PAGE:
Investment decisions should be well researched. Stock trades should follow careful analysis and trades should be executed with a cool hand and cool head.
Does that describe your investing style? Does it describe mine?
No, probably not for many readers and, unfortunately, not always for me.
So, what to do? How can we all be more rational investors?
Well, maybe we can start by comparing the mentality, mind and actions of emotional investors with those of more rational, controlled and analytical investors.
Here’s a short list of what may describe my “emotional investing moments”:
- I invested based upon belief, in brand or company, without deeper research of recent and long term fundamentals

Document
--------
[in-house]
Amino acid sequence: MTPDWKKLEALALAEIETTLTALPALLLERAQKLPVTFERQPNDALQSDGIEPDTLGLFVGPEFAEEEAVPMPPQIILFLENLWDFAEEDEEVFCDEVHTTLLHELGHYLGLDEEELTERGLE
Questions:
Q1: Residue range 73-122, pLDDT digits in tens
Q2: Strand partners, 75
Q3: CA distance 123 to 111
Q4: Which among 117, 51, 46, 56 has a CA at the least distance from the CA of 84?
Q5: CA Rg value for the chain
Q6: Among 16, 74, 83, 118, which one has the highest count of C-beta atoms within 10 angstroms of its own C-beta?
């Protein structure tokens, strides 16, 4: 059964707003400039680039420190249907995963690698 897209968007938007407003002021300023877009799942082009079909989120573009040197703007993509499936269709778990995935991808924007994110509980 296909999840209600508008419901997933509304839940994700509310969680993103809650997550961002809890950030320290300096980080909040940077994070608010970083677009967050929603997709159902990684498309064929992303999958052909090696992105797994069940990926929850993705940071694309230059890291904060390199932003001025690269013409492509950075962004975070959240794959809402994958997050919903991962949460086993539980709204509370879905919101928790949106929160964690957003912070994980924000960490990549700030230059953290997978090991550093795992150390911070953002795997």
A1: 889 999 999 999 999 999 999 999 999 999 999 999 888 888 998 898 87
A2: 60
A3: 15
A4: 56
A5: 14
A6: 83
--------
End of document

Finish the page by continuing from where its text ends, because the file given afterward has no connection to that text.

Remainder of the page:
- I acted because I thought or assumed something positive was evolving, without sleeping on the decision to buy or sell and fully considering the basis of the assumption
- I bought or sold stock when I was tired or under stress
- I made a decision without reading financial statements
- I acted based upon news alone
- I acted based upon “eyeballed momentum”
- I followed the herd without a clear understanding of the make up of the stock buying herd
- I acted on perceived versus investigated value of a company
- I bought because I believed a stock would go up
- I sold because I feared that a stock would go down
The fundamental or universal quality of almost every stock purchase or sale that I have made, which buying or selling of shares I would describe as emotional acts, was that my actions were based upon little more than a half-reasoned, half-resarched belief often accompanied by a state of heightened excitement or anxiety.